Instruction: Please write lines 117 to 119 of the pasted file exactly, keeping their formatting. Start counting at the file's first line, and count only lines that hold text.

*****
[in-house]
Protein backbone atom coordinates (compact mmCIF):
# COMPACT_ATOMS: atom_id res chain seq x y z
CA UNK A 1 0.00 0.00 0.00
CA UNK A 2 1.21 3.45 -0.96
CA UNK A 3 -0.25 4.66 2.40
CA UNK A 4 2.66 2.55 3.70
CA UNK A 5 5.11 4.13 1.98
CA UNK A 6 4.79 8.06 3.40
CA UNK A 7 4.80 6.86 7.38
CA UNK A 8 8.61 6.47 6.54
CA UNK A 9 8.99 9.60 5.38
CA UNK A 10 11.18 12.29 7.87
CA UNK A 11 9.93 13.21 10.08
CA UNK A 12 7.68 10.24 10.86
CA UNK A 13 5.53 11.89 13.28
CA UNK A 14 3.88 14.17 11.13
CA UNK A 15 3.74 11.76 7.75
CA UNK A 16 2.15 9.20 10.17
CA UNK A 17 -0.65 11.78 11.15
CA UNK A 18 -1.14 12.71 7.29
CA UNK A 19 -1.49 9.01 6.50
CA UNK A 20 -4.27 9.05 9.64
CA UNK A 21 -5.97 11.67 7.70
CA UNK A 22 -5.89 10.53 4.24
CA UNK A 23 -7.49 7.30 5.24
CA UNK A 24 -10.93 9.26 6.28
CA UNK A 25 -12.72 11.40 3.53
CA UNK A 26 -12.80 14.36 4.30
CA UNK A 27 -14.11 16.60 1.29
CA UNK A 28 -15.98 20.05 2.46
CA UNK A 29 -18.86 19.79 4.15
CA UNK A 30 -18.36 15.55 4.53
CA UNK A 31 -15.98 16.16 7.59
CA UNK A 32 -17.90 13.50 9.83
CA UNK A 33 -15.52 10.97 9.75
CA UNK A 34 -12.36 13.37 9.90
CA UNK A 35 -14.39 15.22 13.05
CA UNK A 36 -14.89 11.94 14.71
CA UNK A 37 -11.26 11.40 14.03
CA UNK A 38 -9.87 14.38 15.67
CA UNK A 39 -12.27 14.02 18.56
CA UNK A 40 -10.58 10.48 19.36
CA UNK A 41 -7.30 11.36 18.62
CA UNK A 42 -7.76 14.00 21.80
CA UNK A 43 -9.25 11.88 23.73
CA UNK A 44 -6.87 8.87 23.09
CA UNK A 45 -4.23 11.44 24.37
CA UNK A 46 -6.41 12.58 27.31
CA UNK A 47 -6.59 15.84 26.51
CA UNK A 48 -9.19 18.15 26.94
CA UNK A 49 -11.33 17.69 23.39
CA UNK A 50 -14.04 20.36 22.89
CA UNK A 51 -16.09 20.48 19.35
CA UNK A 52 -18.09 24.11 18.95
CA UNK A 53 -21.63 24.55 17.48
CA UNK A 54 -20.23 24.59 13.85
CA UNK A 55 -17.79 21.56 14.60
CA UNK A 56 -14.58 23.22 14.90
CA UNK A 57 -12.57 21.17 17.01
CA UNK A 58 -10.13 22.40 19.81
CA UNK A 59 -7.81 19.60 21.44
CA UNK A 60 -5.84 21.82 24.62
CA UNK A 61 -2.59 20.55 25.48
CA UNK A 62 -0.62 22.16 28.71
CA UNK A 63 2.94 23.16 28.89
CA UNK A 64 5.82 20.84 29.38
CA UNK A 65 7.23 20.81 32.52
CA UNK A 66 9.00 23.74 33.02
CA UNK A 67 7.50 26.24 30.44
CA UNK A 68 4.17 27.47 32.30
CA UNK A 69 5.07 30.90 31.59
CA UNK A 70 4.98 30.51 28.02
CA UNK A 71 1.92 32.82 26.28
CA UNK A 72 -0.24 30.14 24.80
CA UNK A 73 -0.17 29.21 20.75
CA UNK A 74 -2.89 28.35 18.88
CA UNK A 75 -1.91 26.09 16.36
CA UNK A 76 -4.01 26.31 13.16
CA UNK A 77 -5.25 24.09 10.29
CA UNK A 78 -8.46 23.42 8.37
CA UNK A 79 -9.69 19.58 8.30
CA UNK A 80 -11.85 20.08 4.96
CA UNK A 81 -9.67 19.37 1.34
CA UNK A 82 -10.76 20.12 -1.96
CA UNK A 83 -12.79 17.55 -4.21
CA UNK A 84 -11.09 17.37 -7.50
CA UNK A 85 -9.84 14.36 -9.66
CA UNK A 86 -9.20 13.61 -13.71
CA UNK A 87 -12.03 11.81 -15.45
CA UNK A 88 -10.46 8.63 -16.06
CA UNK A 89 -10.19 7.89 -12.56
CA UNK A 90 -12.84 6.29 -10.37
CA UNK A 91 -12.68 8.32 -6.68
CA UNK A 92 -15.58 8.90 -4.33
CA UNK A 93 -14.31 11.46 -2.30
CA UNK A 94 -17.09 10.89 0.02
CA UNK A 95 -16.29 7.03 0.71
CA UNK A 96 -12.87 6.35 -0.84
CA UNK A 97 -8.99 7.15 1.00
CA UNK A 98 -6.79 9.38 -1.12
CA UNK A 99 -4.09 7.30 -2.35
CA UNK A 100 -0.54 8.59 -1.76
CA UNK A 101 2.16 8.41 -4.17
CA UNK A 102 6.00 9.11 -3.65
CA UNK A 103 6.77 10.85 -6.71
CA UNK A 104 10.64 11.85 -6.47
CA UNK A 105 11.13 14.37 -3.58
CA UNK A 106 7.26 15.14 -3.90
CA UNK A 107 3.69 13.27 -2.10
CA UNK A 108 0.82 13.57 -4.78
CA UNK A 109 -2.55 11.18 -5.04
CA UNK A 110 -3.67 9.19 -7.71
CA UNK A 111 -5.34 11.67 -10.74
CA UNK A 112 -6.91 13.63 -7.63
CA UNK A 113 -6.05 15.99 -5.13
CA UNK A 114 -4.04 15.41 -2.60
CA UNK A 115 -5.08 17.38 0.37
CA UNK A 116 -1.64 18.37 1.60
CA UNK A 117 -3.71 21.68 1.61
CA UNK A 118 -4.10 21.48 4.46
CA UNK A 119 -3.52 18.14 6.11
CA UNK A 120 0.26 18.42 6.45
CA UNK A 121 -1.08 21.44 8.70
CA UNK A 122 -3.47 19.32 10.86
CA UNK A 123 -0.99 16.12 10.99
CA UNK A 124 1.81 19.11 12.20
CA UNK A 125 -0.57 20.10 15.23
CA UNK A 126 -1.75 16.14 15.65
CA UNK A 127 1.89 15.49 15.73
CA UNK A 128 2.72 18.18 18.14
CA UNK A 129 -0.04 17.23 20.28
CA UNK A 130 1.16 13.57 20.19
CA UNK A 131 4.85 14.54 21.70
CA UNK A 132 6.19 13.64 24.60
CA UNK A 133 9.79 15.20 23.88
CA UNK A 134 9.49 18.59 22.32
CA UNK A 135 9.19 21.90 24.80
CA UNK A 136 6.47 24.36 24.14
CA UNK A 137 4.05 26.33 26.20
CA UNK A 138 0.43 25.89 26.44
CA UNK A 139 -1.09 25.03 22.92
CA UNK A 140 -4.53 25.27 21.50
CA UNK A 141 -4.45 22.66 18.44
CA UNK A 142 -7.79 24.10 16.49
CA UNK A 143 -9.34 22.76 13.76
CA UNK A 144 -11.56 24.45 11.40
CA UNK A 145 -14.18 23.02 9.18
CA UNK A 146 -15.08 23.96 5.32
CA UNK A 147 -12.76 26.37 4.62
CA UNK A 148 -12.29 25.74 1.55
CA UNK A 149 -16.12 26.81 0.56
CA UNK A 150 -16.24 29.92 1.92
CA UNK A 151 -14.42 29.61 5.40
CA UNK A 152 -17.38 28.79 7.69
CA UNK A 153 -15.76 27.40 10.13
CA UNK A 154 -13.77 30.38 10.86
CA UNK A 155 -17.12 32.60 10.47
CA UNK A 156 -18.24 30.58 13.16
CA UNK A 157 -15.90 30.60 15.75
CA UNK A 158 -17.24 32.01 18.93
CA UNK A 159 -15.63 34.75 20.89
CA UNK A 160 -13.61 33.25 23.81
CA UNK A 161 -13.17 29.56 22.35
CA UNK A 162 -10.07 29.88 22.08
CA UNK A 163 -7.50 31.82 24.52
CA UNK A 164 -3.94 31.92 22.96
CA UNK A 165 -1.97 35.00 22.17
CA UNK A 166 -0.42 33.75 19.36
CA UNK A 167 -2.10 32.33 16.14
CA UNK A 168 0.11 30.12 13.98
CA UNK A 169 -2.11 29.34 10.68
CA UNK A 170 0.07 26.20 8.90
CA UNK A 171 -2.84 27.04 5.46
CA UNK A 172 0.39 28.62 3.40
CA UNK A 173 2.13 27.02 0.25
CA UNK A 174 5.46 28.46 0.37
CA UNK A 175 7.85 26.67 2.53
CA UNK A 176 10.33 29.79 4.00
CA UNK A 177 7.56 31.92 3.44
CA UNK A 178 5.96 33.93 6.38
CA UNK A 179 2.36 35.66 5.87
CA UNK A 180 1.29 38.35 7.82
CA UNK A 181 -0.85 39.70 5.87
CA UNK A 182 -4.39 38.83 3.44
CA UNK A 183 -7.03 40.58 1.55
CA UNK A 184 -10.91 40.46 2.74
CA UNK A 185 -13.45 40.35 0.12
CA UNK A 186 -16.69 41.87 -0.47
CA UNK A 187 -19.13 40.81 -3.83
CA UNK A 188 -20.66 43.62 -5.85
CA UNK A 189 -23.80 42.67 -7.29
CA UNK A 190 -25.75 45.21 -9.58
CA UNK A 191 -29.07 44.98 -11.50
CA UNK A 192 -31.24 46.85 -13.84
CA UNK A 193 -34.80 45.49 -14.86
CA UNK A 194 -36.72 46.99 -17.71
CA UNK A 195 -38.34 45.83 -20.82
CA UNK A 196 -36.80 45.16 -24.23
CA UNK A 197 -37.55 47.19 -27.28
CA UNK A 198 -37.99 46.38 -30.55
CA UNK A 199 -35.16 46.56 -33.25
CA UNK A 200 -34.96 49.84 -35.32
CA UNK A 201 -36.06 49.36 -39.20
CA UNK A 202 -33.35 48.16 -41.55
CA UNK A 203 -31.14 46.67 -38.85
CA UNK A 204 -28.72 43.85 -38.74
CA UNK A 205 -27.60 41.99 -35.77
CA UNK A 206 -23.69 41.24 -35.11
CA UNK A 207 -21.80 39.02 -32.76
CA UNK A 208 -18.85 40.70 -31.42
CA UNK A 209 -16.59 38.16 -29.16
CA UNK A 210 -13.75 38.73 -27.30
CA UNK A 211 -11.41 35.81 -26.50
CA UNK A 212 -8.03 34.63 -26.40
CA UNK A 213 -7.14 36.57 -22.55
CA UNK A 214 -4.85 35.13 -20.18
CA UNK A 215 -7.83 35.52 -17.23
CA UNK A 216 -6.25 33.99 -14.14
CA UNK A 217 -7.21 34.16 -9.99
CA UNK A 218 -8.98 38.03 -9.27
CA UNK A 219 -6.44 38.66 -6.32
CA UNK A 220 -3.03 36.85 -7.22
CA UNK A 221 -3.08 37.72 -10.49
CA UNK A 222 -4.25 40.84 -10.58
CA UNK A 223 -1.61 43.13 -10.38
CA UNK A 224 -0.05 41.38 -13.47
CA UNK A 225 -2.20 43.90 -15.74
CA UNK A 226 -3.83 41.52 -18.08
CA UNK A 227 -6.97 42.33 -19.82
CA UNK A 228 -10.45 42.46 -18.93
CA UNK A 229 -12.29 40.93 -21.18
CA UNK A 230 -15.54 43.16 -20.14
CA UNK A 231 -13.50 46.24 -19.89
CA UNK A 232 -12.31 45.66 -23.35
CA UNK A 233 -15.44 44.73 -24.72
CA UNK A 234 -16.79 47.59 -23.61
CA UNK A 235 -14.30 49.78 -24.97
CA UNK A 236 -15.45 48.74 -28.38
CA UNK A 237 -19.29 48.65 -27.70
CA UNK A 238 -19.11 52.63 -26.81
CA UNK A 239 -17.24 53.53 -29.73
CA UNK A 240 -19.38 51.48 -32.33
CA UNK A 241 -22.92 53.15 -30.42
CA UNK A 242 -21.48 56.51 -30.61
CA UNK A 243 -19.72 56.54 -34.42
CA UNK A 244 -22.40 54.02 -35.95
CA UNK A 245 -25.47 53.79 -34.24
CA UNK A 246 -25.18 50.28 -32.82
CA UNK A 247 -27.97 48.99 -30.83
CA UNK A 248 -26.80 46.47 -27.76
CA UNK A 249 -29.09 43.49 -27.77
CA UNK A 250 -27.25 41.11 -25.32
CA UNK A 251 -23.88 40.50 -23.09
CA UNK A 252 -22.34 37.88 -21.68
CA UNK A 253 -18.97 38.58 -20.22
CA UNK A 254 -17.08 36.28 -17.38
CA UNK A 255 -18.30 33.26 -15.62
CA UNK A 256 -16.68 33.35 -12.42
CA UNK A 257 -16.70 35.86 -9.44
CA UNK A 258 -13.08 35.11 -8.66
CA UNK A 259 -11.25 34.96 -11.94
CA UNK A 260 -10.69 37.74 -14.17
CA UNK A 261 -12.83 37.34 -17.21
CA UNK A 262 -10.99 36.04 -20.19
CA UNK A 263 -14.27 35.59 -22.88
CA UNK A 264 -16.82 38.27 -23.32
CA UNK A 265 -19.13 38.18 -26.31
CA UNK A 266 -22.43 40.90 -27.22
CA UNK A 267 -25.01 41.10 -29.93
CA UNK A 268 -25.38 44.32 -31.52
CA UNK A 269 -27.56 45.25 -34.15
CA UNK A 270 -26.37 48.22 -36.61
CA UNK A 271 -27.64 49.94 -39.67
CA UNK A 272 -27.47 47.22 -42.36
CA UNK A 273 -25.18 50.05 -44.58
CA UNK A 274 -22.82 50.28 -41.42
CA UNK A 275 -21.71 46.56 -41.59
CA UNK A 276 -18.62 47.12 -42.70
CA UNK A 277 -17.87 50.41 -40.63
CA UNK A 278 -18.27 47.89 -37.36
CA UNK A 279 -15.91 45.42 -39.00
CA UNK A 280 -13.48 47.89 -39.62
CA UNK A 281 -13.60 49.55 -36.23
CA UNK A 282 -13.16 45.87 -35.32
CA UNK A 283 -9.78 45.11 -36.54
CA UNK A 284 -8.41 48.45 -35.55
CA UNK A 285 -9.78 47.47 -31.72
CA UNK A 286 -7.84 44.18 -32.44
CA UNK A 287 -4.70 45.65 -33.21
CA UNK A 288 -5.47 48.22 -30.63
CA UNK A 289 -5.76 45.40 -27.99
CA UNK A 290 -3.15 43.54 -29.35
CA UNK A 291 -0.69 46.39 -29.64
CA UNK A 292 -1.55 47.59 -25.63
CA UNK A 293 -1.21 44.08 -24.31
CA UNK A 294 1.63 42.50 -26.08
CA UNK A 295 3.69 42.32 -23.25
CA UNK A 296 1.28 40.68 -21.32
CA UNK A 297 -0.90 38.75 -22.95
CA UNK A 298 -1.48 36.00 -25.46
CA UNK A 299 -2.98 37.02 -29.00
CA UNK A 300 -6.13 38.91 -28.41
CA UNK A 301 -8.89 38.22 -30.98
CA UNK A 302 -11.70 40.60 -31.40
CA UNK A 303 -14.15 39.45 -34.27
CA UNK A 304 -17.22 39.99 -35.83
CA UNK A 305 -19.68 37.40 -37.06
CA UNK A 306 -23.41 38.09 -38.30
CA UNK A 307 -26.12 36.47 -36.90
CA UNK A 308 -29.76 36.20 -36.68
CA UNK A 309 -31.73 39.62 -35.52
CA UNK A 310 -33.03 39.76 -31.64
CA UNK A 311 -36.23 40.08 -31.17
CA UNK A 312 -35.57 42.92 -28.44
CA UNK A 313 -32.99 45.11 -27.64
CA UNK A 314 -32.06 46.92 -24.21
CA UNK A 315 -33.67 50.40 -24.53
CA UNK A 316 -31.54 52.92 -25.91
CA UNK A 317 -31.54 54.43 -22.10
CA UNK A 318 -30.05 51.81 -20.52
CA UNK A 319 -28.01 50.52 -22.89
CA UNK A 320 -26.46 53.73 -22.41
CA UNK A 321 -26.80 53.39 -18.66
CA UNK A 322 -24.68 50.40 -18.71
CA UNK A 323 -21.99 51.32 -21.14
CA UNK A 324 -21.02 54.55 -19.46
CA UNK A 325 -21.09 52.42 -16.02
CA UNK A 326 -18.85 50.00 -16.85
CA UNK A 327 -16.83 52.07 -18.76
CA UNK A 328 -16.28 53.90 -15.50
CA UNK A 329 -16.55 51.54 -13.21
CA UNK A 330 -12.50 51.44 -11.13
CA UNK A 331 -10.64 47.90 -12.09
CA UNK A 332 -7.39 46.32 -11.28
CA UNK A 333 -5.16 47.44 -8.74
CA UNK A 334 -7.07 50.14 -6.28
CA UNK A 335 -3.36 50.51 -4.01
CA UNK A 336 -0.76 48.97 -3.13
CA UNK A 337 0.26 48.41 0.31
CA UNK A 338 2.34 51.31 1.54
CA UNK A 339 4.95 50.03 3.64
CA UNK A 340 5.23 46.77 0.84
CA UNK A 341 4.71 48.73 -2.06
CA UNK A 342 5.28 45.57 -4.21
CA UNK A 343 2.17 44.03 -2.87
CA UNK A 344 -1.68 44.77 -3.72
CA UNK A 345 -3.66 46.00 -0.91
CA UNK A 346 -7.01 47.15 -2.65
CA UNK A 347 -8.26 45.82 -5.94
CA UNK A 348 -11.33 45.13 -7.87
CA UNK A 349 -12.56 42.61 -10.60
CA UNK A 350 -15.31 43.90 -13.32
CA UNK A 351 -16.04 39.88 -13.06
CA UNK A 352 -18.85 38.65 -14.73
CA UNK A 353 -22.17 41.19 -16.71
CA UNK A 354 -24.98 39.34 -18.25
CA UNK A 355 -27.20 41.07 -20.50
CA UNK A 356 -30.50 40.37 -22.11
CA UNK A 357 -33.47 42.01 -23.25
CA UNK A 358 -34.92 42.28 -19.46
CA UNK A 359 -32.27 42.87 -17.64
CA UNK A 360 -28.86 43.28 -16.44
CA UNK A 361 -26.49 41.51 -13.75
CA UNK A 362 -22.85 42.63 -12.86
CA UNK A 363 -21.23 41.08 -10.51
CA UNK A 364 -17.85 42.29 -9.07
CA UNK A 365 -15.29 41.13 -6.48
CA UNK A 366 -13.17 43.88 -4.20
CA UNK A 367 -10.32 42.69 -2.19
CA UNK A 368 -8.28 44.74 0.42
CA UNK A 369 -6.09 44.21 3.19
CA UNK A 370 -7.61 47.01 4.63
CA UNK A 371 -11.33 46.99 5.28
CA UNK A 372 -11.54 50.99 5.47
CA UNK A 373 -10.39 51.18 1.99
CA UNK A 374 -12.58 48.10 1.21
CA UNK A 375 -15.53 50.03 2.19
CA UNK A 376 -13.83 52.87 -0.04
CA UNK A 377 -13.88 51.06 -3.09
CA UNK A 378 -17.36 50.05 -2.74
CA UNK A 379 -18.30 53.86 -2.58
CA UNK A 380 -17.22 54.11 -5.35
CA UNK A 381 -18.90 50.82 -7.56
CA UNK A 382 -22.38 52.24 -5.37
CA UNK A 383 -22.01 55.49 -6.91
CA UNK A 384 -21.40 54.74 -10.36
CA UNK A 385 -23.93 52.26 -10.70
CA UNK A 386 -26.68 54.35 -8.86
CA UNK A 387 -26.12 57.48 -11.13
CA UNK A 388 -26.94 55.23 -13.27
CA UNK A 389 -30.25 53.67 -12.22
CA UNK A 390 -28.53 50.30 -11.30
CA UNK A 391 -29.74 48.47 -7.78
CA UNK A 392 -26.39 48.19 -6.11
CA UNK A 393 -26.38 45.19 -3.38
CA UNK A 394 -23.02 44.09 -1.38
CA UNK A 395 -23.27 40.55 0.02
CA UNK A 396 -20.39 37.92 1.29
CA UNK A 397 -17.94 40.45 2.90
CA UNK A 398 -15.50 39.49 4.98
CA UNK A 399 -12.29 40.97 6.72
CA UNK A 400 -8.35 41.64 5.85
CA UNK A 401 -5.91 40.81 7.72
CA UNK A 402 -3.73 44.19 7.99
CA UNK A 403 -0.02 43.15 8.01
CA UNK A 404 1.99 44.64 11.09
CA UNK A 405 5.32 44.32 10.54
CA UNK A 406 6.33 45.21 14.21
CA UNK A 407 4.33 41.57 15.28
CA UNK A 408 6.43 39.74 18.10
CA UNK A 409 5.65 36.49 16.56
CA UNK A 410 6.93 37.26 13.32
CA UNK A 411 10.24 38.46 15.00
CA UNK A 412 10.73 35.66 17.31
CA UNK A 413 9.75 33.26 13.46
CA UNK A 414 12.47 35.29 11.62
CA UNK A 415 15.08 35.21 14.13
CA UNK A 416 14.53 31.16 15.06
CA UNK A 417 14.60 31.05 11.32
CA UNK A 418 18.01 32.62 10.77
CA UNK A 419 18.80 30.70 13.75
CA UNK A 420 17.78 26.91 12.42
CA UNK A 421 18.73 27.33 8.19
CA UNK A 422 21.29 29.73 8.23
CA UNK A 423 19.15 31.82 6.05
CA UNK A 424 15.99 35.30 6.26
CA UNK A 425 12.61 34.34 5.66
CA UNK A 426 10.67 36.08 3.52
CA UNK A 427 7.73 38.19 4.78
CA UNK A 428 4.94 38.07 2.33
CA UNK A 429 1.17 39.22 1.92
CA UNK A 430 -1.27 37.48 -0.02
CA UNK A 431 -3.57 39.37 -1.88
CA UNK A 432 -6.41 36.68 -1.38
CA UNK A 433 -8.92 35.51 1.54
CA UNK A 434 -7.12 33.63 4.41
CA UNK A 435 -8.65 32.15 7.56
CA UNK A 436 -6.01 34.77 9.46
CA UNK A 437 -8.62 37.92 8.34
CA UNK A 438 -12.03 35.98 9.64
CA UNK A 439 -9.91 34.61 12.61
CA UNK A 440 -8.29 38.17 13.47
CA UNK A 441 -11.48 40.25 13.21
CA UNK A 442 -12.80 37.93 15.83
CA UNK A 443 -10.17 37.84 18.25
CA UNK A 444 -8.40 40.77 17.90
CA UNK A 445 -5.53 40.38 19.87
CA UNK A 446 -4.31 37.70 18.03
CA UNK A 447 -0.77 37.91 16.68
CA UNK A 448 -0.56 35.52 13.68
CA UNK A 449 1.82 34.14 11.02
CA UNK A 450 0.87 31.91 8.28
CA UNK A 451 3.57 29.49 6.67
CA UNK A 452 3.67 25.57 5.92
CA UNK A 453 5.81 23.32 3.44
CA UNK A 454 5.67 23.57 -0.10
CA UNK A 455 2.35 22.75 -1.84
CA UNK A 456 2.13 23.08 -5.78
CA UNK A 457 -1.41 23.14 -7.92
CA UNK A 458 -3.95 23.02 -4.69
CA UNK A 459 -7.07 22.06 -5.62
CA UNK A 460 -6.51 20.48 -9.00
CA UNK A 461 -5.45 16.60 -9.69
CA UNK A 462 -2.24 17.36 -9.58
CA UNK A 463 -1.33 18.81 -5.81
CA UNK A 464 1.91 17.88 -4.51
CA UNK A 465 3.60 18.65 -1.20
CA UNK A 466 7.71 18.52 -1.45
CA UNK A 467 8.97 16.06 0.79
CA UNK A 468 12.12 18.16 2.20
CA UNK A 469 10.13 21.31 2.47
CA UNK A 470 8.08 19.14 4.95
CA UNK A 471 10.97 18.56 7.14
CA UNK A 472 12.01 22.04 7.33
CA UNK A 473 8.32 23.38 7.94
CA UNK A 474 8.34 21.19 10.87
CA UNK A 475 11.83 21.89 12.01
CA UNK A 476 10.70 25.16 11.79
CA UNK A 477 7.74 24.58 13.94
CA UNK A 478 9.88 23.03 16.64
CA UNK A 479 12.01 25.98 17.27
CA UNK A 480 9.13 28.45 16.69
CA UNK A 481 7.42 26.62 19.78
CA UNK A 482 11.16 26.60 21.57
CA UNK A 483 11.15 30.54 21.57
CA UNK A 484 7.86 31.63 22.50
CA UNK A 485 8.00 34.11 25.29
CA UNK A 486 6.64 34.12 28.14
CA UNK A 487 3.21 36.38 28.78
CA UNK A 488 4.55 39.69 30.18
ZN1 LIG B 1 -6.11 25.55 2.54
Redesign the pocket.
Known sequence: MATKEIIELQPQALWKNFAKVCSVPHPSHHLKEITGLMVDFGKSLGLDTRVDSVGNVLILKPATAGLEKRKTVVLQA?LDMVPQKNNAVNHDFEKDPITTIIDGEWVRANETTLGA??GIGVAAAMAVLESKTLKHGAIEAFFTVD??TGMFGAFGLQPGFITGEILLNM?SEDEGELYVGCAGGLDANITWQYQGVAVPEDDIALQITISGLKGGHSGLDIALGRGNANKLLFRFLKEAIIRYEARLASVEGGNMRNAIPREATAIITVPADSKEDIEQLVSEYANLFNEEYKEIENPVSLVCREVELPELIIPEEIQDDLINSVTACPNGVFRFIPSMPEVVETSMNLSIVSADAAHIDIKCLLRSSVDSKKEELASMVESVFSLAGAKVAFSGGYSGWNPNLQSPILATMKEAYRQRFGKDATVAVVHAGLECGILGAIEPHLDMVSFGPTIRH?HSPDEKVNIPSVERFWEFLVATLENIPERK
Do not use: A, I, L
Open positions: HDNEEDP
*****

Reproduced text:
CA UNK A 114 -4.04 15.41 -2.60
CA UNK A 115 -5.08 17.38 0.37
CA UNK A 116 -1.64 18.37 1.60